Orchestral Music Review



Chapel Hill Community Chorus & Chapel Hill Philharmonia Team up for a Benefit Concert

February 22, 2009 - Chapel Hill, NC:


Two of Chapel Hill’s leading cultural organizations, the Chamber Choir of the Chapel Hill Community Chorus and the Chapel Hill Philharmonia, joined forces to support the Inter-faith Council of Chapel Hill and its work with folks for whom the recession has become an all-too-personal nightmare. Admission was by donation to the IFC, and Hill Hall was reasonably full on a lovely albeit brisk Sunday. (That the parking attendants were nowhere to be seen was an added plus – many culture vultures would much rather contribute to performing arts organizations than to UNC’s – or Duke’s – parking coffers!)

These groups are what one normally calls “amateur” operations, and there’s no shame in that, for the root meaning is “love,” as in love of music. Believe me, some of these outfits work a good deal harder at what they do than their professional counterparts, and from time to time the results can be of very high quality. There was a good deal of very, very good music-making on this occasion, to be sure.

CHP conductor Donald L. Oehler got things underway with a rousing reading of the Overture to Glinka’s Ruslan and Lyudmila, one of the first operas of the Russian nationalist school and a popular curtain-raiser for concerts, too. Hill Hall is acoustically-challenged. Put a substantial orchestra in there, with a substantial brass section, and sometimes it suggests one of those old jokes about Bubba, the guy who says to his drinkin’ pals, “Hey, watch this!” The introduction was a mite wooly, but by the time the strings started on their big theme, the ensemble came around. Curiously, the band didn’t sound anything like that in the rest of the program (perhaps because so many of those brass folks were through…).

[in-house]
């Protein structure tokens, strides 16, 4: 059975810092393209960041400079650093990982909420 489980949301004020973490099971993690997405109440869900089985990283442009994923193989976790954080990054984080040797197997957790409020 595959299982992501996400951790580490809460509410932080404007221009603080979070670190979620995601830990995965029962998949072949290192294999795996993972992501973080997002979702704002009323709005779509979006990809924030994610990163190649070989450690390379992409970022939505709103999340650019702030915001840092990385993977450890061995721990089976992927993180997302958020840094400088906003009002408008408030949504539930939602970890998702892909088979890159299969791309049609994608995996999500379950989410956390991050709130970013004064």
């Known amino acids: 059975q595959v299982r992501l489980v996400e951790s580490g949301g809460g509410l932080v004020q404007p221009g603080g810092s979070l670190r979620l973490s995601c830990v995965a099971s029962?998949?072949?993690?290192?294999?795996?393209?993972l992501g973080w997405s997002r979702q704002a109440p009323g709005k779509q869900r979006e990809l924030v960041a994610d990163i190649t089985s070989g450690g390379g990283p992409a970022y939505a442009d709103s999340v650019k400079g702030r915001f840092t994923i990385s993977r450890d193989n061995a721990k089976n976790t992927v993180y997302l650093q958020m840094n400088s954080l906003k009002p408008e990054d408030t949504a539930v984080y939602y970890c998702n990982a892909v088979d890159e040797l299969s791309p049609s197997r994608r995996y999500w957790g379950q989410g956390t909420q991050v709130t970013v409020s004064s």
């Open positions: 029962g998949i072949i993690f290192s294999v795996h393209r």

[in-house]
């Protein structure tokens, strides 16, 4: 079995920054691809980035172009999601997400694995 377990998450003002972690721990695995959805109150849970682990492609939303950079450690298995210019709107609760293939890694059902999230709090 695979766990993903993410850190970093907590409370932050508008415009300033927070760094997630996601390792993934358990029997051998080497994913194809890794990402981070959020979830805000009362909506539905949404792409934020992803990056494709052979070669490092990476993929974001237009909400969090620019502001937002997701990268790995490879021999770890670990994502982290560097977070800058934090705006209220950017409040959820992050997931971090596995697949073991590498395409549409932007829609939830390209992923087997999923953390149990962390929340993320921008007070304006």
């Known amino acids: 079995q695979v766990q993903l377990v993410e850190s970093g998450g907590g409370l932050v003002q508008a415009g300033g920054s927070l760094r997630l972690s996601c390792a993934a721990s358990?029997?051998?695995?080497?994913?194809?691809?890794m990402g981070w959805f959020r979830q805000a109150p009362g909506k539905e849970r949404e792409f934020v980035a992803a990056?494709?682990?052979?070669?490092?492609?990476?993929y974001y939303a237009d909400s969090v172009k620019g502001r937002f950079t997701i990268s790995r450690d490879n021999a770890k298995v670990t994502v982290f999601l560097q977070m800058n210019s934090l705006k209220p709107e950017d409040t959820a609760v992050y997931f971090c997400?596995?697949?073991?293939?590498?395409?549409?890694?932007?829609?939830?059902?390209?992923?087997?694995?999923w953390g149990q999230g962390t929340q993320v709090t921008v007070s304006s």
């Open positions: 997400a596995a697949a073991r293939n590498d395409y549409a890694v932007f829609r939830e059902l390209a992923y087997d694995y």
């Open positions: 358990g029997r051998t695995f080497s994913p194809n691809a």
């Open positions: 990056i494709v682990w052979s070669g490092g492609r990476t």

Two members of the CHCC’s smallest, most elite group, Cantari, sang two Mozart arias. Soprano Amanda Haas offered the recitative and aria, “Deh vieni, non tardar,” from Le nozze di Figaro, and tenor Wes Schulz performed “Un’aura amorosa,” from Così fan tutte. Hers is a fairly small lyric soprano voice with a decent lower extension; his contribution of an excerpt that has “Mozart style” written all over it was thoroughly acceptable, too.

The first half ended with the extraordinary and rarely-heard (outside flute circles, at least…) “Poeme” by Charles Tomlinson Griffes, whose life was (Mark Furth’s outstanding program notes told us) tragically cut short in 1920, in the flu pandemic. He’s better known for “The White Peacock,” but this little essay, in several distinct parts, is a real winner, and soloist Denise Bevington gave a wonderful performance of it, marred only slightly by excessive enthusiasm from the orchestra in a few places. For the record, she’s this group’s principal flutist, and it’s always a treat when soloists emerge from the ranks, particularly when they acquit themselves as handsomely as she did.

The second half of the program, conducted by CHCC Music Director Sue T. Klausmeyer, consisted of a single work, Schubert’s familiar and much-loved Mass, in G, D.167. There can be few people over 40 who didn’t sing this in high school choruses. (People under 40 probably found little or no classical music in their HS programs, if there were HS music programs at all….) This reading, accompanied by an orchestra (instead of a rickety upright piano) and sung by a full-voiced adult chorus and proficient soloists (also from the ranks), was, overall, splendid. Even more than the works on the first half, this Mass is comfort food for music lovers, so it was an ideal vehicle for a benefit concert like this one. The soloists were soprano Jane Thurston, tenor Sho Ando, and baritone Will Gibbons, and they were good enough to erase memories of those teenage Met wannabes I recall from my high school (which, you will note, I am not identifying). The mid-sized choir (of around 60 singers) was excellent, demonstrating fine balance, blend, diction, and projection, all from the back of the stage. (There were no texts or translations for any of the vocal works, but in this half they would have been largely unnecessary.) The work is not very long – it lasted about 21 minutes on this occasion – and its subdued finale seemed to throw off the crowd, but after a brief pause, the performance drew an enthusiastic response, and the people went forth into the world having heard some fine music and done some good work in the world.